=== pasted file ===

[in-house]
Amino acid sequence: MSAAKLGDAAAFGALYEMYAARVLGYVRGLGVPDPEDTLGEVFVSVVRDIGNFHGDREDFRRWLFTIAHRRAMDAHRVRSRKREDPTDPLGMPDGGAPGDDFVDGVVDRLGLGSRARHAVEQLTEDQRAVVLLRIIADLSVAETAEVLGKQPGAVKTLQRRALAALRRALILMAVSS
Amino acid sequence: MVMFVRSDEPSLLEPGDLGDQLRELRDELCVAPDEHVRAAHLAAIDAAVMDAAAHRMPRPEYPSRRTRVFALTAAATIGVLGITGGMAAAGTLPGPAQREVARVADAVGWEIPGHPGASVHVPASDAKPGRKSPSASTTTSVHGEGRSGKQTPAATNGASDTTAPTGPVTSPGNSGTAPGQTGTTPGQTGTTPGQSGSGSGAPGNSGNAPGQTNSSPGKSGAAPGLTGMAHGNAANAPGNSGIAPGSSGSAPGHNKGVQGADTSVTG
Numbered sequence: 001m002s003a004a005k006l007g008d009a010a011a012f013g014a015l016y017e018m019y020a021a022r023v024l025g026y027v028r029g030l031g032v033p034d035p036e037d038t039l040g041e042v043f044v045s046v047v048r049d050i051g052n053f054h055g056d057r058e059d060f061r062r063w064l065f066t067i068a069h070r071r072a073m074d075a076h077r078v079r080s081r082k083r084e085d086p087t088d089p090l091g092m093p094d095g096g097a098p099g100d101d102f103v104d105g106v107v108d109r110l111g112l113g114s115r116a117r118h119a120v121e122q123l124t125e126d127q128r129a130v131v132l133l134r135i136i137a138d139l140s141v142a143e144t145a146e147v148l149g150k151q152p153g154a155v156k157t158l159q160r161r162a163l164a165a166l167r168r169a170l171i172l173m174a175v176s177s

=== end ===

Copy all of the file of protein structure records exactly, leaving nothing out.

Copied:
[in-house]
Amino acid sequence: MSAAKLGDAAAFGALYEMYAARVLGYVRGLGVPDPEDTLGEVFVSVVRDIGNFHGDREDFRRWLFTIAHRRAMDAHRVRSRKREDPTDPLGMPDGGAPGDDFVDGVVDRLGLGSRARHAVEQLTEDQRAVVLLRIIADLSVAETAEVLGKQPGAVKTLQRRALAALRRALILMAVSS
Amino acid sequence: MVMFVRSDEPSLLEPGDLGDQLRELRDELCVAPDEHVRAAHLAAIDAAVMDAAAHRMPRPEYPSRRTRVFALTAAATIGVLGITGGMAAAGTLPGPAQREVARVADAVGWEIPGHPGASVHVPASDAKPGRKSPSASTTTSVHGEGRSGKQTPAATNGASDTTAPTGPVTSPGNSGTAPGQTGTTPGQTGTTPGQSGSGSGAPGNSGNAPGQTNSSPGKSGAAPGLTGMAHGNAANAPGNSGIAPGSSGSAPGHNKGVQGADTSVTG
Numbered sequence: 001m002s003a004a005k006l007g008d009a010a011a012f013g014a015l016y017e018m019y020a021a022r023v024l025g026y027v028r029g030l031g032v033p034d035p036e037d038t039l040g041e042v043f044v045s046v047v048r049d050i051g052n053f054h055g056d057r058e059d060f061r062r063w064l065f066t067i068a069h070r071r072a073m074d075a076h077r078v079r080s081r082k083r084e085d086p087t088d089p090l091g092m093p094d095g096g097a098p099g100d101d102f103v104d105g106v107v108d109r110l111g112l113g114s115r116a117r118h119a120v121e122q123l124t125e126d127q128r129a130v131v132l133l134r135i136i137a138d139l140s141v142a143e144t145a146e147v148l149g150k151q152p153g154a155v156k157t158l159q160r161r162a163l164a165a166l167r168r169a170l171i172l173m174a175v176s177s